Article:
And at the end of the day kids who learn the fundamentals on a bit are far better placed continue learning on the Pi or a computer. So I'd see their place in the world as being complementary to each other rather than competitive. But then again I'm looking at this rationally. I suspect some Pi owners have developed some kind of siege mentality and see other boards as a personal threat.

    • Unlike the Pi it doesn't require teachers or parents to screw around flashing an SD card, or hooking up a network, display, keyboards or whatever to get it working.

      Your imagination has atrophied. You can get preloaded memory cards, and the Pi could be configured to accept a serial connection so that you could use it just like the Micro:bit if that's all you wanted.

      • by DrXym ( 126579 )
        No, my imagination is just fine. I know precisely what's involved in setting up a Pi and it is far more work than one of these bit boards. Especially when multiplied by the number of students in the class.
    • by Alioth ( 221270 )

      But unlike a Raspberry Pi, the Bit requires another computer to program it. The Pi is a standalone computer. The thing programming the micro:bit might end up in many cases being a Raspberry Pi. The ARM M0 development kit for more advanced users is just an apt-get install away on any Debian-based system.

      But I'm not actually disagreeing with you here. The micro:bit is a microcontroller board, more akin to an Arduino than a computer. It doesn't run an operating system. It's a 16MHz ARM M0 microcontroller. Comp

      • But unlike a Raspberry Pi, the Bit requires another computer to program it.

        ...but you won't get far programming a Pi without a mouse, a keyboard and a display etc. In the typical school, you might, maybe, get a class set of Pis, but no teacher is going to lug 30 HDMI monitors, keyboards and mice into their classroom - they're going to book the PC lab. As all the displays in the PC lab already come with PCs attached, why not use them? Or, if the school's been kitted out in the last 10 years, it'll have a laptop or iPad trolley, which won't be much use with a Pi.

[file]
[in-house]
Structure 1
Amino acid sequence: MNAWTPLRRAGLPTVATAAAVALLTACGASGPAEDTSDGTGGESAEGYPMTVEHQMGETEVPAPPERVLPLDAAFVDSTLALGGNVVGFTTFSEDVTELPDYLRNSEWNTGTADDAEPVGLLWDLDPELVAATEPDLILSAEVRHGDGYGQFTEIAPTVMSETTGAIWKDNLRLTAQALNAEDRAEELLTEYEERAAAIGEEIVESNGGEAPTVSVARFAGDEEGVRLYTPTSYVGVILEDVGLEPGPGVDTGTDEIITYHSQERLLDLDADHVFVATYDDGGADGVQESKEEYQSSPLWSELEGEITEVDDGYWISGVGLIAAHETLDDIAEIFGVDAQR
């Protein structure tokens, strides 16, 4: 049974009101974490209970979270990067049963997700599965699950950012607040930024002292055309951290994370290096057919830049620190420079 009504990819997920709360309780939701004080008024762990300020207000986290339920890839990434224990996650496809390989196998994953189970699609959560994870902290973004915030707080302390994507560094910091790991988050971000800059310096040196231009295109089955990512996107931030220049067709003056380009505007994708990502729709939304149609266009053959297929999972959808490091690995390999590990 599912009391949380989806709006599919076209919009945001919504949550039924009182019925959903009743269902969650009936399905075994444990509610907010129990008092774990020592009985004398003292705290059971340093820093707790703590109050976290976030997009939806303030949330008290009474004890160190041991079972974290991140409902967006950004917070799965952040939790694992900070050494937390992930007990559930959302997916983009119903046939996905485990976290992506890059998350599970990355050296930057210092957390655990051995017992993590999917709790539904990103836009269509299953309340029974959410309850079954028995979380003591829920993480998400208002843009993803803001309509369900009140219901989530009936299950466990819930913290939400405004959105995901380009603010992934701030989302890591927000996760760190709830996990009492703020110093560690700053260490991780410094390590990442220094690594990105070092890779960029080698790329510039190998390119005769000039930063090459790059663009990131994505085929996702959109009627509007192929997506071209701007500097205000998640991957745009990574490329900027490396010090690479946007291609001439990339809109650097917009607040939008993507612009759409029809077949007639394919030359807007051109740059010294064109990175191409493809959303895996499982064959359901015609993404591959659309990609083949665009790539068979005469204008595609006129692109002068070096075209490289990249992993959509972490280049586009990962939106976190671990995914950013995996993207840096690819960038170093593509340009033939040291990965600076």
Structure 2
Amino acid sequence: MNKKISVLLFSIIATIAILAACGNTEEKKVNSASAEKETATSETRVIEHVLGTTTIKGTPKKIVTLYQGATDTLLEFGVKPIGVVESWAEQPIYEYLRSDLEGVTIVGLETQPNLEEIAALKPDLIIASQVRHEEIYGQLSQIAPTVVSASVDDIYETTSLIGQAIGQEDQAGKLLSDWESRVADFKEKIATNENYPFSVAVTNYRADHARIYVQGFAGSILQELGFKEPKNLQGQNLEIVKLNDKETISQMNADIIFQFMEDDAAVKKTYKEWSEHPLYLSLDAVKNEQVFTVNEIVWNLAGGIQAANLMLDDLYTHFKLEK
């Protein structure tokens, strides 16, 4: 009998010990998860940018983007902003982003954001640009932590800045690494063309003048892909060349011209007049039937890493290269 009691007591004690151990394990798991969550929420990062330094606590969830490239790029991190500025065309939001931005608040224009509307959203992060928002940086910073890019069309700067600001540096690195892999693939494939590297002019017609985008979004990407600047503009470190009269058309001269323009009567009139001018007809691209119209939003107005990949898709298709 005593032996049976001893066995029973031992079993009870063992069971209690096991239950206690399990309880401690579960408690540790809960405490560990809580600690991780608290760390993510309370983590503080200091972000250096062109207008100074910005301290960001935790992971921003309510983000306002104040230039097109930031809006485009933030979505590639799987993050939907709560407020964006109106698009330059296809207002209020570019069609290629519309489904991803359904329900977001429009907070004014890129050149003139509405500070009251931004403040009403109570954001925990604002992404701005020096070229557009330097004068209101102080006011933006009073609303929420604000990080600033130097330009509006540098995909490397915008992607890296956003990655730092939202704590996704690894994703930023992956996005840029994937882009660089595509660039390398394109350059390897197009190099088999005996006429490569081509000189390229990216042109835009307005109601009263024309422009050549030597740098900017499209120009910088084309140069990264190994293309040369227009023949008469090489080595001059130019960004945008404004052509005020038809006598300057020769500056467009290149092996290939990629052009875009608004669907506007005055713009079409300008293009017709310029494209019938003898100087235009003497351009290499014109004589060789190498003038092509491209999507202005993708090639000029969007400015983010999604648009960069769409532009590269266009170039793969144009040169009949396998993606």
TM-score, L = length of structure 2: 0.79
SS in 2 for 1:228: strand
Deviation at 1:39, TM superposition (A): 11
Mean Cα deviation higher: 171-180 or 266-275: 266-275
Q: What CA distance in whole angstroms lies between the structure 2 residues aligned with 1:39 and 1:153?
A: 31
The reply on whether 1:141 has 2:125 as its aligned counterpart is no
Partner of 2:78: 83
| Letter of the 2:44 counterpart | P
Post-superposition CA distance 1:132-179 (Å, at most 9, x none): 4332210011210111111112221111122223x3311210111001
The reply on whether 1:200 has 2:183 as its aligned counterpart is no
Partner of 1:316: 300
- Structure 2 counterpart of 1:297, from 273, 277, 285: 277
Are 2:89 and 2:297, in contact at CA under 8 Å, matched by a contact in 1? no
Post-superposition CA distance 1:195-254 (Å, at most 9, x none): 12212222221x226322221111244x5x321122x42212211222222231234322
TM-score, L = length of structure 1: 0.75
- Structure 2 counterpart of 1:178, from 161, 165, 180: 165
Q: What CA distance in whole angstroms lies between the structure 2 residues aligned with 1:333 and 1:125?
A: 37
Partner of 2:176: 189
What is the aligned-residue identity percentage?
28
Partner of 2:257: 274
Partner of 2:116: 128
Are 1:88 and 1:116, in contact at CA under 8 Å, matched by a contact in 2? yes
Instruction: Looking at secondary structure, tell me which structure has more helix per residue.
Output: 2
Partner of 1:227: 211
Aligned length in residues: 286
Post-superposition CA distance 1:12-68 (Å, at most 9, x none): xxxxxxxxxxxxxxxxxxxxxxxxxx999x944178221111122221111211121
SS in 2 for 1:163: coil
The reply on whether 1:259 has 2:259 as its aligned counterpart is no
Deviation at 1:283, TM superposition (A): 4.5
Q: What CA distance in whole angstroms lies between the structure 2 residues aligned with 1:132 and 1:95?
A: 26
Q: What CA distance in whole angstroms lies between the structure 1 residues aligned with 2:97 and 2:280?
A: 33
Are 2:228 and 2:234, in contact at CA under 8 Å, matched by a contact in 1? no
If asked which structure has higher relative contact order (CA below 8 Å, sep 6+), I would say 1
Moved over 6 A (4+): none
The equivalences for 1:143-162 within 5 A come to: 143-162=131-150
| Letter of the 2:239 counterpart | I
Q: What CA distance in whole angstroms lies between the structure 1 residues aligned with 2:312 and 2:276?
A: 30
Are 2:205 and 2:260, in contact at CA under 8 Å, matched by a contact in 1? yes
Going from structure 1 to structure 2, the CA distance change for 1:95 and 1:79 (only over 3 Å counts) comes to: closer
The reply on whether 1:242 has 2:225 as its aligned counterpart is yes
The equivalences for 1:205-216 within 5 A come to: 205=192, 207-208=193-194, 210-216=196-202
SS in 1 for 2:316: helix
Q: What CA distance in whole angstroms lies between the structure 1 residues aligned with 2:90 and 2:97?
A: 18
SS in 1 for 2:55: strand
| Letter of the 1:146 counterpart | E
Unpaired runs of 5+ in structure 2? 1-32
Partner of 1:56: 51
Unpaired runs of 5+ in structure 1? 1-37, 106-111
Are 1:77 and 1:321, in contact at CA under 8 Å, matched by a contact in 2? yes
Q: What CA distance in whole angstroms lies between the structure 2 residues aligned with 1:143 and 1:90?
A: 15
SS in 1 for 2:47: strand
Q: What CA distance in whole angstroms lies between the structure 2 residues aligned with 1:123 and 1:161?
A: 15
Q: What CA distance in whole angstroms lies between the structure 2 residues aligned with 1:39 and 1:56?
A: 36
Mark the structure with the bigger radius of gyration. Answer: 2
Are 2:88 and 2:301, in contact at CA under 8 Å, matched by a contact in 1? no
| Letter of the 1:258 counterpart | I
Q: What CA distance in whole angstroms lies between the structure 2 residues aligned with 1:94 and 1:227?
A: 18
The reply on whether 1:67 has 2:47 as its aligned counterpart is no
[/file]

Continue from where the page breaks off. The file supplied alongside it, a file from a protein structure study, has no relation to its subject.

Bottom line: the Pi

      • by DrXym ( 126579 )
        It doesn't need another computer. You can program it from a tablet or phone over bluetooth. The software runs off the website and you can even run the software from a browser on a phone if you want. There is even an emulator so it can be program in the absence of the device. I guess that means kids and teachers have a lot of flexibility in how they do assignments.

        I don't know what it runs as an OS but I guess for teaching kids it really doesn't matter what runs underneath. What matters is it's easy to use

  • Clearly the price of the hardware is now irrelevant - there can't be many places in the world where a one-time $5 per-child expense is unattainable.

    The only limiting factor now is whether kids have the course materials to learn - and whether they have access to a machine with display and keyboard to write their programs on. The coursework isn't going to be cheap - but if done right - and OpenSourced - then the cost can be amortised down to nearly $0. So the one remaining problem is whether these kids will